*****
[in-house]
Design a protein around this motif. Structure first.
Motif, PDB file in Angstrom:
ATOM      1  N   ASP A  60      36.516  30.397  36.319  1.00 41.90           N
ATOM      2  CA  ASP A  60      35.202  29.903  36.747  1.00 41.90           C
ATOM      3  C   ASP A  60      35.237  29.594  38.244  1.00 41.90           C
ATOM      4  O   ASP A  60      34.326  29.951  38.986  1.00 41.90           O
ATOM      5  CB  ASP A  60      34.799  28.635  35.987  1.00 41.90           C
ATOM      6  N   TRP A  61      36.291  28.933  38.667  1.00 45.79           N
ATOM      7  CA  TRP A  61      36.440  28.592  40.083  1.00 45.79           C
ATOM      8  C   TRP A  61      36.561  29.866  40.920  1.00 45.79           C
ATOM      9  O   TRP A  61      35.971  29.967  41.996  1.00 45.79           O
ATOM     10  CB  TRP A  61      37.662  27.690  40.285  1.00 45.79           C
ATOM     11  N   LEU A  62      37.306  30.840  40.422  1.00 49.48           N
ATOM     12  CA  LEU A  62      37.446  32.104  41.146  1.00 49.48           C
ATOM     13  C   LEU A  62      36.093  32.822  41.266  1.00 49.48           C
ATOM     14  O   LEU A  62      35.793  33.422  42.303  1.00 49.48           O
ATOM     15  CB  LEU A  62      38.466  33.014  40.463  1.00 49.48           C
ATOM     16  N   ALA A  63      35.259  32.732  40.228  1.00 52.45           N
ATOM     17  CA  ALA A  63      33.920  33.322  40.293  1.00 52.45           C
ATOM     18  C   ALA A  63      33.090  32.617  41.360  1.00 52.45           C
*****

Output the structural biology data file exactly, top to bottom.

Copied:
[in-house]
Design a protein around this motif. Structure first.
Motif, PDB file in Angstrom:
ATOM      1  N   ASP A  60      36.516  30.397  36.319  1.00 41.90           N
ATOM      2  CA  ASP A  60      35.202  29.903  36.747  1.00 41.90           C
ATOM      3  C   ASP A  60      35.237  29.594  38.244  1.00 41.90           C
ATOM      4  O   ASP A  60      34.326  29.951  38.986  1.00 41.90           O
ATOM      5  CB  ASP A  60      34.799  28.635  35.987  1.00 41.90           C
ATOM      6  N   TRP A  61      36.291  28.933  38.667  1.00 45.79           N
ATOM      7  CA  TRP A  61      36.440  28.592  40.083  1.00 45.79           C
ATOM      8  C   TRP A  61      36.561  29.866  40.920  1.00 45.79           C
ATOM      9  O   TRP A  61      35.971  29.967  41.996  1.00 45.79           O
ATOM     10  CB  TRP A  61      37.662  27.690  40.285  1.00 45.79           C
ATOM     11  N   LEU A  62      37.306  30.840  40.422  1.00 49.48           N
ATOM     12  CA  LEU A  62      37.446  32.104  41.146  1.00 49.48           C
ATOM     13  C   LEU A  62      36.093  32.822  41.266  1.00 49.48           C
ATOM     14  O   LEU A  62      35.793  33.422  42.303  1.00 49.48           O
ATOM     15  CB  LEU A  62      38.466  33.014  40.463  1.00 49.48           C
ATOM     16  N   ALA A  63      35.259  32.732  40.228  1.00 52.45           N
ATOM     17  CA  ALA A  63      33.920  33.322  40.293  1.00 52.45           C
ATOM     18  C   ALA A  63      33.090  32.617  41.360  1.00 52.45           C